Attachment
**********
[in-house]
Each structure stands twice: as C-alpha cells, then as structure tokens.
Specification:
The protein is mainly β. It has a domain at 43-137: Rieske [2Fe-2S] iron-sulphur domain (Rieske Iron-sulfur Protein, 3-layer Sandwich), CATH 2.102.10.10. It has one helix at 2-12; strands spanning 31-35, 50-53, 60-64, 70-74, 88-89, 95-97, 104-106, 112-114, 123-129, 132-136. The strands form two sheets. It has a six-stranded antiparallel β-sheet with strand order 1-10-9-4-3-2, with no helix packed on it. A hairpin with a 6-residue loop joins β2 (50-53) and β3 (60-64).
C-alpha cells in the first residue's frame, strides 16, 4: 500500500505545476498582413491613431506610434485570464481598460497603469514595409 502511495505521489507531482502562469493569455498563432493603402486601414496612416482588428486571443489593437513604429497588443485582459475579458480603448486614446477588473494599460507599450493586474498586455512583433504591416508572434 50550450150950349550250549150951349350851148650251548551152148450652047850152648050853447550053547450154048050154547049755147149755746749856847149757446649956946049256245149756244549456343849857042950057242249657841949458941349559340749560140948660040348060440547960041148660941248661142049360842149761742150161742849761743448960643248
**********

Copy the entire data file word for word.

[in-house]
Each structure stands twice: as C-alpha cells, then as structure tokens.
Specification:
The protein is mainly β. It has a domain at 43-137: Rieske [2Fe-2S] iron-sulphur domain (Rieske Iron-sulfur Protein, 3-layer Sandwich), CATH 2.102.10.10. It has one helix at 2-12; strands spanning 31-35, 50-53, 60-64, 70-74, 88-89, 95-97, 104-106, 112-114, 123-129, 132-136. The strands form two sheets. It has a six-stranded antiparallel β-sheet with strand order 1-10-9-4-3-2, with no helix packed on it. A hairpin with a 6-residue loop joins β2 (50-53) and β3 (60-64).
C-alpha cells in the first residue's frame, strides 16, 4: 500500500505545476498582413491613431506610434485570464481598460497603469514595409 502511495505521489507531482502562469493569455498563432493603402486601414496612416482588428486571443489593437513604429497588443485582459475579458480603448486614446477588473494599460507599450493586474498586455512583433504591416508572434 50550450150950349550250549150951349350851148650251548551152148450652047850152648050853447550053547450154048050154547049755147149755746749856847149757446649956946049256245149756244549456343849857042950057242249657841949458941349559340749560140948660040348060440547960041148660941248661142049360842149761742150161742849761743448960643248